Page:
When preparing to upload my project at Kickstarter, I wrote, rewrote and polished the script for my promotional video. When I was satisfied, I did three takes using my Canon Elura 80, tripod and remote. I wasn’t happy with any of the shoots for different reasons: lighting was problematic, the sound was poor — the E-80 doesn’t have jack for an exterior mic — or my delivery just plain stunk. The one shoot that had the most promise, done outside with spring foliage in the background, I had to discard. I realized later that my dog Celeste had been in the frame, walking around the rear part of our yard, looking for squirrels to chase.
Turns out I’m not an actor nor a filmmaker, but I understand the importance of a promotional piece. So I was committed to getting it done. The biggest issue for me was memorizing the script. Index cards didn’t help. Yelling: “Line!” didn’t help either. Short term memory was not cooperating. So this is how I got around this problem:
I rigged up a “poor-man’s teleprompter.” I copied the script into an iMovie title, the one where the words roll up a la Star Wars. I then placed the laptop by the camera and with two remotes — one for the camera and the other for the computer — I could manage the speed of the script while turning the camera off when needed. Here’s the set-up:
and this is where I sat, opposite my camera:
I decided to go black and white for a couple of reasons. First, the lighting was not optimal and the color version was not complementary. Second, because ESPERANZA FARM is a historical novel, the black and white of the video adds a document quality that I preferred.
So there you have it. If you’re filming your own promo, I hope this makes it a bit easier. If you need more details on my “prompter,” drop me a line and I’ll be happy to give you the “specs” : )
Some thoughts on the relationship between writers and publishers from Jane Friedman, Publisher & Editorial Director, Writer’s Digest via Digital Book World:
Over on my Facebook page, I shared a quote from David Ogilvy:
In the modern world of business, it is useless to be a creative original thinker unless you can also sell what you create. Management cannot be expected to recognize a good idea unless it is presented to them by a good salesman.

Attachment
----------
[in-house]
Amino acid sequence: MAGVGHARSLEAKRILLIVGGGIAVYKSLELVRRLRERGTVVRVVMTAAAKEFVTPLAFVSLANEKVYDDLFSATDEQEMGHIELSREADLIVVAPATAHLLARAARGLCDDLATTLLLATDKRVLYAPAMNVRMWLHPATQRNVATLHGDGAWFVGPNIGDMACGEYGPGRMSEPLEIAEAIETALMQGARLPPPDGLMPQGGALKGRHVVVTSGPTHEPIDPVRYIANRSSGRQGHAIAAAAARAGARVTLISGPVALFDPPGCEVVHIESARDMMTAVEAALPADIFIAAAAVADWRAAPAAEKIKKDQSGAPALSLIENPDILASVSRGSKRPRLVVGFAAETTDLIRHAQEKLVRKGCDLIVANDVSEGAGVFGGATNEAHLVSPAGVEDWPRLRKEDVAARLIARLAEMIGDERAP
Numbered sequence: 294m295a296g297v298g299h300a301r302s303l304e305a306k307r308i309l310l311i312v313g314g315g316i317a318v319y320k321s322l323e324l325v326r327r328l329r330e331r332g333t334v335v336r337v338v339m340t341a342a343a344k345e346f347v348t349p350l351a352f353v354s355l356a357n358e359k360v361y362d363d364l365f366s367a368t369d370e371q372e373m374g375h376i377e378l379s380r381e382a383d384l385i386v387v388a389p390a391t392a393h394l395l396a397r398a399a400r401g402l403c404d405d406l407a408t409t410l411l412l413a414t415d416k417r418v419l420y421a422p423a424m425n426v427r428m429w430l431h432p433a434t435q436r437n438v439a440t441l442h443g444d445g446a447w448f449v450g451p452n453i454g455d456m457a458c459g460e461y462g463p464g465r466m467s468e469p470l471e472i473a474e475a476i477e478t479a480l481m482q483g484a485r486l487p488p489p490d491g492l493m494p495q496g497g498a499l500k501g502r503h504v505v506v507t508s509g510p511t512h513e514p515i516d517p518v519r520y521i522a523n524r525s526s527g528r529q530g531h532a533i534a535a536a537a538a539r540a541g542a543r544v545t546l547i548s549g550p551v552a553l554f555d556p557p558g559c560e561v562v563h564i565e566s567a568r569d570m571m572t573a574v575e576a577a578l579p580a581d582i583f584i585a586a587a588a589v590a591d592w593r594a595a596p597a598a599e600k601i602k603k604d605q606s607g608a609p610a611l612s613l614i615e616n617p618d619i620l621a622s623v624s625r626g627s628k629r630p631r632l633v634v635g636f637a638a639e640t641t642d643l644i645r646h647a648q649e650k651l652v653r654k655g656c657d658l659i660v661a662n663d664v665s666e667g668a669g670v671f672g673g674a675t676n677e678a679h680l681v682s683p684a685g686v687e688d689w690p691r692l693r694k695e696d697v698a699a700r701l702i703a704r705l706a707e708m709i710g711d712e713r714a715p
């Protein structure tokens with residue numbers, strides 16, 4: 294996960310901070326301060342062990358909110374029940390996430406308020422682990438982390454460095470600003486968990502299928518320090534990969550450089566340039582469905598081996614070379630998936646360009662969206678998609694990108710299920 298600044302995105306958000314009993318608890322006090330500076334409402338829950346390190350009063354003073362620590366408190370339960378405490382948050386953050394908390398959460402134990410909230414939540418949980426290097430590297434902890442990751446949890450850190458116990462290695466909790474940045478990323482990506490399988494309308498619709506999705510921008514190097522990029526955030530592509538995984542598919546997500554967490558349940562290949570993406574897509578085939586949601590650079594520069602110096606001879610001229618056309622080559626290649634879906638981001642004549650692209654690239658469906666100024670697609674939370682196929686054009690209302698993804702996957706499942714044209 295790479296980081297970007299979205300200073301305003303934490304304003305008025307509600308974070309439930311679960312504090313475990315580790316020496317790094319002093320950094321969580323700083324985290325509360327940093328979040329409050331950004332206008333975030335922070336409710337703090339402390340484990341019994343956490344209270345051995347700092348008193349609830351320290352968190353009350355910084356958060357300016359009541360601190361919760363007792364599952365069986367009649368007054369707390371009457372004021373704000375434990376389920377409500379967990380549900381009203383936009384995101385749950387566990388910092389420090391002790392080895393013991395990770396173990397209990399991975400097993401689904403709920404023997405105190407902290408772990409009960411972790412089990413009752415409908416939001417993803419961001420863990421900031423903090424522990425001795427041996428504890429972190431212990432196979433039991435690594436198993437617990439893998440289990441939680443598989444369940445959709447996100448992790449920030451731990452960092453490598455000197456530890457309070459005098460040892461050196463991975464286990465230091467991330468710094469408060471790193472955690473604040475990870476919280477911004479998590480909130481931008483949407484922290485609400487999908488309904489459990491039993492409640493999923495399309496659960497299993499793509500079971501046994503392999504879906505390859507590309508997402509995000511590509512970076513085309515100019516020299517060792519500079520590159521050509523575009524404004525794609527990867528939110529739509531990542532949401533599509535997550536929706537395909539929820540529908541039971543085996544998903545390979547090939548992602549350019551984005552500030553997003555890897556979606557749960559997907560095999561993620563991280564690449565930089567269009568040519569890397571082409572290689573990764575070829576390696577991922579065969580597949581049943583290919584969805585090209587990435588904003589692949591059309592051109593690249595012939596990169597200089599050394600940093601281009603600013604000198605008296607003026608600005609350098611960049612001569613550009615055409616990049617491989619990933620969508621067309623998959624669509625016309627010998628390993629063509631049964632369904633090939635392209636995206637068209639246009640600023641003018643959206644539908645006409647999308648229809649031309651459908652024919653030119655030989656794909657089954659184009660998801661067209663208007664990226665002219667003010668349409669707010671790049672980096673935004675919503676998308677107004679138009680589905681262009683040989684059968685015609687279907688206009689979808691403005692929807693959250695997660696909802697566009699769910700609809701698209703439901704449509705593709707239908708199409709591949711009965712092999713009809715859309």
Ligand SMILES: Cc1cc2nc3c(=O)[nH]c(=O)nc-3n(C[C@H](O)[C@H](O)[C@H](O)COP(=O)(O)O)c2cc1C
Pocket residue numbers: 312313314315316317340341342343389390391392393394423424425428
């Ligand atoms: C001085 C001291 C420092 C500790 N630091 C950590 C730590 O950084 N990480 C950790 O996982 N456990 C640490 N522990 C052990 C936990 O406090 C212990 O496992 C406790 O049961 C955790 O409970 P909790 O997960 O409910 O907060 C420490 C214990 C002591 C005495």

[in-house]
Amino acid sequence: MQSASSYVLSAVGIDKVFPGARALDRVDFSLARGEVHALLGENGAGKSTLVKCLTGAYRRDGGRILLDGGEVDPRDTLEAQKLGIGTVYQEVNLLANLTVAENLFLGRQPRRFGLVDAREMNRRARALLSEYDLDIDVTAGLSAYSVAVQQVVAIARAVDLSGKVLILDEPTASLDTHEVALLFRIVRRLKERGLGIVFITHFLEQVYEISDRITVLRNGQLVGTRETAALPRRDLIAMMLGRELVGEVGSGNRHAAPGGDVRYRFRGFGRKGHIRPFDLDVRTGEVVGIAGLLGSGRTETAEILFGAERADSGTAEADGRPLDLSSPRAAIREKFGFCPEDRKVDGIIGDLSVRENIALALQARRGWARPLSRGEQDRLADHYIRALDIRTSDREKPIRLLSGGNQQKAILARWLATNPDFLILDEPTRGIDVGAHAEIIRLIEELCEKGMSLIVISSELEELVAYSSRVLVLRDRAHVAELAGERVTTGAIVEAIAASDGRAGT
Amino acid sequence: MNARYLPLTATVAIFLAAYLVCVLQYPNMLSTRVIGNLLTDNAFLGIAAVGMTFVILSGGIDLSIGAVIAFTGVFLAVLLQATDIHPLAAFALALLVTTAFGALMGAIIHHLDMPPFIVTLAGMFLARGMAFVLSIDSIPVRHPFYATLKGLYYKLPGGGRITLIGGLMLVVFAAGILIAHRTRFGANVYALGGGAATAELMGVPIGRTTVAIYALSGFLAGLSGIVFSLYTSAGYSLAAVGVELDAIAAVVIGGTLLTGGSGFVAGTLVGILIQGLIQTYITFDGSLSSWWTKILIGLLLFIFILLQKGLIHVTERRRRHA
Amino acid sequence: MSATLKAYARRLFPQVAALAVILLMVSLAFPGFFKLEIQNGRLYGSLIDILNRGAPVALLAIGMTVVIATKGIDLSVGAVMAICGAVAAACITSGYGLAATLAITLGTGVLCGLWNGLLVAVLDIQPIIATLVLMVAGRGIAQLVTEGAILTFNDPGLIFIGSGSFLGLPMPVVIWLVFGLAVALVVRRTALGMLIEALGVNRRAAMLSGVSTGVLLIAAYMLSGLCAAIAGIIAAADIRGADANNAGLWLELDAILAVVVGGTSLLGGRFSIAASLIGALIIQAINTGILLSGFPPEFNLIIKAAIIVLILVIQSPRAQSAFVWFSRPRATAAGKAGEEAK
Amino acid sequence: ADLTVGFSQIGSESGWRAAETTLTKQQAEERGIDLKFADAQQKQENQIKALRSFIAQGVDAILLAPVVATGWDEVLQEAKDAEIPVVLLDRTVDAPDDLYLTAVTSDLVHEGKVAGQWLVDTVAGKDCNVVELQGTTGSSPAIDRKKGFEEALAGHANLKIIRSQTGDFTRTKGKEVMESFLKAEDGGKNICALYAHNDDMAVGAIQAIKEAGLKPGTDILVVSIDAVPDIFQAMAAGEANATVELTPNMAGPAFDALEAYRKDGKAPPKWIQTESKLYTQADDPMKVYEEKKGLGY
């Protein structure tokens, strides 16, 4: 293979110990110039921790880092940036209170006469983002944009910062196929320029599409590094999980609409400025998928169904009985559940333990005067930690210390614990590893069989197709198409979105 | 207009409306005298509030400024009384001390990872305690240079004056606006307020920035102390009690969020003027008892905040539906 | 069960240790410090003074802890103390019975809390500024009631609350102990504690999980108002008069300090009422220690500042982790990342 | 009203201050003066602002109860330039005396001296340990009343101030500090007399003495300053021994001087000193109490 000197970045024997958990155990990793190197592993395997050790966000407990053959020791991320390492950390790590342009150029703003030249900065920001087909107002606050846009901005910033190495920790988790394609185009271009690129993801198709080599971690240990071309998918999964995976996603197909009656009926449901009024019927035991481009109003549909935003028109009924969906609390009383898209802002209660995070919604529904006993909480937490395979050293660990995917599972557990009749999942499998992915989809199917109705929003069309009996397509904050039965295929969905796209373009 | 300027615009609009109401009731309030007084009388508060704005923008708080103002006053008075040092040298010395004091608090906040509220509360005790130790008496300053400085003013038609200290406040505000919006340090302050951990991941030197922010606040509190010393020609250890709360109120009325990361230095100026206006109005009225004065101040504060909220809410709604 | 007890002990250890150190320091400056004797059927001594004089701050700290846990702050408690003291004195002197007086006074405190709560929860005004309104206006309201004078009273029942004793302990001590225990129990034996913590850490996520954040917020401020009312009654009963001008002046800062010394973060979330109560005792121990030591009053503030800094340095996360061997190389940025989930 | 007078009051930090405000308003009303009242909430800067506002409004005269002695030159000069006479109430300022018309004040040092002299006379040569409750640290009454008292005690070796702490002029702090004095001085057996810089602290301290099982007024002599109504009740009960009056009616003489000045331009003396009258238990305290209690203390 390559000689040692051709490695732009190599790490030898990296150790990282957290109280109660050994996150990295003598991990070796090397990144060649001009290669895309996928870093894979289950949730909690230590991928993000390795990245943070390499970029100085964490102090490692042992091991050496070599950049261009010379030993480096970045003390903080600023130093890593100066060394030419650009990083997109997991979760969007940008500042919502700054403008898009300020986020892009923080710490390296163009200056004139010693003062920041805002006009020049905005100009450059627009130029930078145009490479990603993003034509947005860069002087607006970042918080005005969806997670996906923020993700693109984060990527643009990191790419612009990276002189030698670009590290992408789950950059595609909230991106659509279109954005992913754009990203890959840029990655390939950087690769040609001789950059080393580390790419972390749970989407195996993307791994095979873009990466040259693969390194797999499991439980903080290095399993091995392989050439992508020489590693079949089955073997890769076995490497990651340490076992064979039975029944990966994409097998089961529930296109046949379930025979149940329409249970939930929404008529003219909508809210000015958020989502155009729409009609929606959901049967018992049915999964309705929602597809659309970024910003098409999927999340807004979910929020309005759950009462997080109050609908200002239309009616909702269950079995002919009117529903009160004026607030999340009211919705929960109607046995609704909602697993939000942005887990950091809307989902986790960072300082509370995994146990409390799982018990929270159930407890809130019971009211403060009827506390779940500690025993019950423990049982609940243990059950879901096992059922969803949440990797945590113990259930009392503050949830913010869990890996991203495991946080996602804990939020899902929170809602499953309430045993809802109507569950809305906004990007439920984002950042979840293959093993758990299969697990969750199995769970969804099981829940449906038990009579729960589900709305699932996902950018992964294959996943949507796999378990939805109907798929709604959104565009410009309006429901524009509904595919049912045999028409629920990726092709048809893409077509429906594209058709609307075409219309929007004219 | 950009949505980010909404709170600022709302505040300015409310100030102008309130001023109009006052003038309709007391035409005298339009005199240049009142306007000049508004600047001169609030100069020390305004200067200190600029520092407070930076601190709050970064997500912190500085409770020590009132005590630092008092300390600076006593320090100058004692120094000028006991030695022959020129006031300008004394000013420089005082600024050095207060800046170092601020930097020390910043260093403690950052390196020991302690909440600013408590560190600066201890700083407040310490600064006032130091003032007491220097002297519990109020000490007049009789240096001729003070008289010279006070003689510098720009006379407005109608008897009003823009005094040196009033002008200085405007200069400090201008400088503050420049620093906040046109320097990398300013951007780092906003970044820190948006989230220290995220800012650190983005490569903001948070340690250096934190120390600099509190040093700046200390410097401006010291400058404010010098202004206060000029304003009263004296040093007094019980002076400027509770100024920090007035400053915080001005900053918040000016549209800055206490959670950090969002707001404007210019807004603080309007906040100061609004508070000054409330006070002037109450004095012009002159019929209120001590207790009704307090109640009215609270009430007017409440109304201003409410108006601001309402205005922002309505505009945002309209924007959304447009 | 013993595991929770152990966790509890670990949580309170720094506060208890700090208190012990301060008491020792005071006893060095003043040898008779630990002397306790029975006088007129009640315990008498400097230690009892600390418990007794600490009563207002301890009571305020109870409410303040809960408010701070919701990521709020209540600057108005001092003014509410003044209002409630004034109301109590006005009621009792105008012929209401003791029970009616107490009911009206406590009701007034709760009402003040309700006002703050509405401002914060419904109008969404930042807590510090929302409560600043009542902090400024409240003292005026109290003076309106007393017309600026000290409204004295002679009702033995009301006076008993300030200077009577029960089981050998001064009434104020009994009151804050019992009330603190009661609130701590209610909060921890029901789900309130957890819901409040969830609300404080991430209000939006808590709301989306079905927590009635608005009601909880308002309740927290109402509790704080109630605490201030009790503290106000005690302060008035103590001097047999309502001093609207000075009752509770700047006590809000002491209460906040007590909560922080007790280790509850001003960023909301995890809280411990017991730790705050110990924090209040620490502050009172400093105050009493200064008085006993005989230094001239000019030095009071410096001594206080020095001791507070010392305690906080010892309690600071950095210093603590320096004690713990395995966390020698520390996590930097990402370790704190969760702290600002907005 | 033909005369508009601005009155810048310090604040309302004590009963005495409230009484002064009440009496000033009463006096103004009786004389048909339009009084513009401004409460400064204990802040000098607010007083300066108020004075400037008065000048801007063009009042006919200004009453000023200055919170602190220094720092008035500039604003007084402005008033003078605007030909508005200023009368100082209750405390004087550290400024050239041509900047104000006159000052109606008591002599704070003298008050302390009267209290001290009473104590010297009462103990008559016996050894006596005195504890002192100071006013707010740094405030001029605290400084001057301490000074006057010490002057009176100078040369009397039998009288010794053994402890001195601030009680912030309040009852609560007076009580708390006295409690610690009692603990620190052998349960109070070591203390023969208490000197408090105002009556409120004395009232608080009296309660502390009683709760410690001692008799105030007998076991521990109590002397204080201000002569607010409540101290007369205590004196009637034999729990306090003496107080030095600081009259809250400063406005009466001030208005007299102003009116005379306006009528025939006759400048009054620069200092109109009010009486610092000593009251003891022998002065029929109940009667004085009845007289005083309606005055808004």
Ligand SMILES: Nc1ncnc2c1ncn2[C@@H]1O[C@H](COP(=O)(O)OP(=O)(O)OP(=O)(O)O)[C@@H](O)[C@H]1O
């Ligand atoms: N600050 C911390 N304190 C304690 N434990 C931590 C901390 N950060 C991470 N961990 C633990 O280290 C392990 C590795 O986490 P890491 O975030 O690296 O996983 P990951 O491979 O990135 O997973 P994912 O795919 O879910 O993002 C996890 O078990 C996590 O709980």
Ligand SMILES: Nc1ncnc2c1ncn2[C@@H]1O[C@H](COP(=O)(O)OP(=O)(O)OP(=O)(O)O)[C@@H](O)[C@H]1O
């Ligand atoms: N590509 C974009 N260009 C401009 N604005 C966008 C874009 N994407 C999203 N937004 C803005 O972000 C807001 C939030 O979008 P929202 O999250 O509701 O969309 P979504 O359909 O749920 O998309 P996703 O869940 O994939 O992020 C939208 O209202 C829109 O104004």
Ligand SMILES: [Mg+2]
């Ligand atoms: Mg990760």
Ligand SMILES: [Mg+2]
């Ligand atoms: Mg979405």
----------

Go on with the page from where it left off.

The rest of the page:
Publishing falls into the modern world of business, and it’s always benefiting through and from creative original thinkers (one hopes).
The mediocre writer who can sell is usually more successful than the talented writer who cannot. Aside from all other hard truths about publishing, this is the one that many writers find most difficult to accept.
Web links for Book Marketing Online from the wonderfully generous Abby Stokes
Other Marketing Delights. Via TED:
Here’s the Apple Official Launch Video.
Boy, these guys know how to do a marketing video…
If you feel lucky, Mashable is running an online contest for an iPad here.
Stephen Elliott, author of the The Adderall Diaries, a new memoir, has a fascinating approach to the traditional book tour.
(H/t S. Kirk Walsh, my FB pal!)
From Mashable, Zen and the Art of Twitter: 4 Tips for Productive Tweeting:
1. Approach With a Beginner’s Mind
“In the beginner’s mind, there are many possibilities; in the expert’s, there are few.” – Zen Master Suzuki Roshi
It seems that more and more people are claiming to be experts of one kind or another, and many of them are using social media. In fact, recent reports suggest that there are now over 15,700 people claiming to be social media experts on Twitter.
There is nothing wrong with experts. I am sure many who claim to be are quite skilled and knowledgeable. However, the question is not only how much we know, but how much are we willing to learn from our time on social media?